As the Iranian regime restores internet connectivity to vast swaths of the country following a government-imposed shutdown, new images are emerging from the week-long blackout that shed light on the severity of the tensions between the Iranian people and their repressive regime.
Naturally, the media has characterized the protests as stemming from economic distress resulting from sanctions imposed by the Trump administration. These narrative-building, myopic portrayals (more here and here) minimize the long-term concerns of the Iranian people, likely for the sake of salvaging the supposed crown jewel of Obama’s foreign policy legacy—the Joint Comprehensive Plan of Action (JCPOA) or more simply, the “Iran Deal.”
Less than two weeks ago, protests were sparked nationwide in dozens of cities and towns after the Iranian regime hiked gasoline prices by up to 200 percent, sending the already teetering economy into tumult. Although the government heavily subsidizes gasoline, the price jump still came as a shock to the Iranian economy, which is already buckling under high inflation and unemployment.
Iranian President Hassan Rouhani alleged that the increased funds from the sale of gasoline would be used to fund welfare programs, whose costs have allegedly ballooned due to U.S. sanctions crippling the economy. But, unlike Western media outlets, the Iranian people remain wary of the regime’s attempts to assuage their economic frustrations, many treating the protests as an opportunity to challenge the legitimacy of the government as a whole, whose unpopularity continues to grow.
“One year into the U.S. unilateral sanctions campaign against Iran – which have been more effective than the past decade of multilateral sanctions – Iranians are pouring out onto the streets and pointing a finger at their own leaders, not Washington, for their shortcomings,” asserts Behnam Ben Taleblu, a senior fellow at the Washington-based Foundation for the Defense of Democracies.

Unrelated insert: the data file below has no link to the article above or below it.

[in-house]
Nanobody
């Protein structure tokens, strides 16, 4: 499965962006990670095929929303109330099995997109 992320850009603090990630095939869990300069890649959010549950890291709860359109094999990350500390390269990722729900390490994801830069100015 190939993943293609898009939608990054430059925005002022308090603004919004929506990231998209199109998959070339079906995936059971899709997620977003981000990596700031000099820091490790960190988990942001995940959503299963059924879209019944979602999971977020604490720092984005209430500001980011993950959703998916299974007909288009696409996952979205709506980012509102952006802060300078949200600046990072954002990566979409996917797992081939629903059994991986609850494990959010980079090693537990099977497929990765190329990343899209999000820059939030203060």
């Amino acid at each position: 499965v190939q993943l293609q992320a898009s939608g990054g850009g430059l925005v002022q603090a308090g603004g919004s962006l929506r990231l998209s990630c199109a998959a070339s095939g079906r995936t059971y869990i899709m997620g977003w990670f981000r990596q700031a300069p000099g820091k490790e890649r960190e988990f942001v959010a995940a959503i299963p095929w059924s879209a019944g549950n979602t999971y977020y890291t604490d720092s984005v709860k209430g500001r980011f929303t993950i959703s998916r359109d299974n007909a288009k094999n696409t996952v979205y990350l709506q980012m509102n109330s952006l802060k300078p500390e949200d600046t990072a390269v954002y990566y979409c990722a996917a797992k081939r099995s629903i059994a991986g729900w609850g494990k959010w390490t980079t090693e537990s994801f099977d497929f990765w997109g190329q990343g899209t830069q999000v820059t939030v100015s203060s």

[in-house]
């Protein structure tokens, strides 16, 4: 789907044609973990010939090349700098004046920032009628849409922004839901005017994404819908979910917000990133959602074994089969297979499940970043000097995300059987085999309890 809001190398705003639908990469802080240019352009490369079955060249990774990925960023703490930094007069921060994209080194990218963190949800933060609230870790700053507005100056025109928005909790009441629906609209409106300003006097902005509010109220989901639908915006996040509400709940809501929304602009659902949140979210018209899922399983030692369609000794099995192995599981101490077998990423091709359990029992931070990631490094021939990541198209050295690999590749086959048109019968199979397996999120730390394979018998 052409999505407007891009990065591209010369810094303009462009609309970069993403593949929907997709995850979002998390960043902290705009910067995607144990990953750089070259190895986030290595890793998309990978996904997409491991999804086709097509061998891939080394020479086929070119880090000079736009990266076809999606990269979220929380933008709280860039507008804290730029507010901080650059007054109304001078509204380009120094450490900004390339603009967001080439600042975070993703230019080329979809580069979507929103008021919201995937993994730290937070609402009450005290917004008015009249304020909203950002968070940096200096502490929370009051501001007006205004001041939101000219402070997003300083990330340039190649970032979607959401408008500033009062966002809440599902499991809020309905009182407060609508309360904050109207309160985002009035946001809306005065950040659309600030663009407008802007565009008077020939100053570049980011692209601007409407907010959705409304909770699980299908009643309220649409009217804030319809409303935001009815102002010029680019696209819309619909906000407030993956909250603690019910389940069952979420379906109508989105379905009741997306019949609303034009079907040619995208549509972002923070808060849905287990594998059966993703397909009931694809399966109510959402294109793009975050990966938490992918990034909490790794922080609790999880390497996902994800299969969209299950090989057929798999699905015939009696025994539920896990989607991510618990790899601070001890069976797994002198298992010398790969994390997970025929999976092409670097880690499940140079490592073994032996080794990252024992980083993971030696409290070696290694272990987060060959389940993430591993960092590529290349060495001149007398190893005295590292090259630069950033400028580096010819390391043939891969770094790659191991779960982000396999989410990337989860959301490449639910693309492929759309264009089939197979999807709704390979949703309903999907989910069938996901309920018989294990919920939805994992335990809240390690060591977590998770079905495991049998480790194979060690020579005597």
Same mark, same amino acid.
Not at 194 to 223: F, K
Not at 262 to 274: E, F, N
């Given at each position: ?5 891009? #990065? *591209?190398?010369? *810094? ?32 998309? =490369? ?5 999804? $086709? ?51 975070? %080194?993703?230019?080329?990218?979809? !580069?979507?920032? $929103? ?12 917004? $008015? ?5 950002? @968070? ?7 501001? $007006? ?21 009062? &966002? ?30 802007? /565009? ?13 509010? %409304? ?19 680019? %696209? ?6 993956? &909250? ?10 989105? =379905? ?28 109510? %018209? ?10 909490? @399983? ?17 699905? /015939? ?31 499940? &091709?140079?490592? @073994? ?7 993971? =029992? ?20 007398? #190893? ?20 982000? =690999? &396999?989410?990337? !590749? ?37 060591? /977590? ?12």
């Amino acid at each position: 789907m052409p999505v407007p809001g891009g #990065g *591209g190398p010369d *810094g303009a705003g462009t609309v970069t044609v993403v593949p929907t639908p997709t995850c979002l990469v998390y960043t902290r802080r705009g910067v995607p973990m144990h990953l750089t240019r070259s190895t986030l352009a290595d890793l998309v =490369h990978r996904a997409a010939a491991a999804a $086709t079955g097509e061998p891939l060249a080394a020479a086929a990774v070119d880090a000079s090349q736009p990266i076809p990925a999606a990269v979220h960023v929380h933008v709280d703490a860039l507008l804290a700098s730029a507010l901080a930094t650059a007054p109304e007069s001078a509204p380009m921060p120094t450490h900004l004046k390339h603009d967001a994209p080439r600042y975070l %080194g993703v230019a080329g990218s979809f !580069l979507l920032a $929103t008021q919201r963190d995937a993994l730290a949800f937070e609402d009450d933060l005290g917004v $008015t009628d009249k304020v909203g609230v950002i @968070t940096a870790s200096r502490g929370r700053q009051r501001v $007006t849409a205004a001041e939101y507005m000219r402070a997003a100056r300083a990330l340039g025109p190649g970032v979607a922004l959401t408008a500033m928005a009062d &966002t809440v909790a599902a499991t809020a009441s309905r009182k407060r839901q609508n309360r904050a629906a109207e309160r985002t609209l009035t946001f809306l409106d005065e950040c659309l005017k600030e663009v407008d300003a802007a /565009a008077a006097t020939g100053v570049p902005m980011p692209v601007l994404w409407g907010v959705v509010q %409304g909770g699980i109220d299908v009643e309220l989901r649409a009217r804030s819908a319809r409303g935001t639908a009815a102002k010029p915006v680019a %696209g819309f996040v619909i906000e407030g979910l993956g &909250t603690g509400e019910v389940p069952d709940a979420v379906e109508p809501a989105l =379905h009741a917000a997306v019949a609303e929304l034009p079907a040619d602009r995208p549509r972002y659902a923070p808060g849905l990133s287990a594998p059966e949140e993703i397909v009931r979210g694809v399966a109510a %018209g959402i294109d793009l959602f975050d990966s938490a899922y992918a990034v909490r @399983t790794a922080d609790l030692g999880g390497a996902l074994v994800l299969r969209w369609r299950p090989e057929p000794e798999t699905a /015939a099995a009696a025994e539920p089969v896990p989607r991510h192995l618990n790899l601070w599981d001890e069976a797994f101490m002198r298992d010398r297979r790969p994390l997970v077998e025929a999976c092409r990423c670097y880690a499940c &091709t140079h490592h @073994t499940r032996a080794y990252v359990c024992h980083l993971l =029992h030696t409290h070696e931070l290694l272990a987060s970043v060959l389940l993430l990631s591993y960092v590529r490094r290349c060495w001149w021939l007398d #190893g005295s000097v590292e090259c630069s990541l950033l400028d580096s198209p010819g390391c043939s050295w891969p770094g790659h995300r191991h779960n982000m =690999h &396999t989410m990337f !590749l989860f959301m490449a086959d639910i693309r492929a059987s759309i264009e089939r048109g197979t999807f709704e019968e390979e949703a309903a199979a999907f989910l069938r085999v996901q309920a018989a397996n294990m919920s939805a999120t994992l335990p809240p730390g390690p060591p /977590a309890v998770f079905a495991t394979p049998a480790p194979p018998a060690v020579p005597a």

According to Amnesty International, at least 143 protesters have been killed in confrontations with the regime’s security forces, while reports from U.S.-based nonprofit Center for Human Rights in Iran allege that almost 3,000 others have been arrested. Due the internet blackout intentionally orchestrated by the Iranian regime to isolate dissidents and prevent the spread of information about the protests, the violent nature of the clashes between protesters and regime security forces is only coming to light now.
As Amnesty reports, “Verified videos show security forces deliberately shooting unarmed protesters from a short distance. In some cases, protesters were shot while they were running away.” Other videos reveal images of security forces shooting at protesters from rooftops. Across the country, tens of gasoline pumps, police stations, and banks have been razed to the ground.
The recent protests, which Western media will likely go through great lengths to pin on the Trump administration’s decision to renew sanctions on Iran, have torpedoed parts of the country into chaos. But this interpretation is inaccurate and short-sighted. “To say the protests are therefore Washington’s ‘fault’ is not only far off the mark, it lets the regime off the hook for its budget decisions forced upon its leadership because of their preference for a revolutionary foreign policy,” argues Taleblu.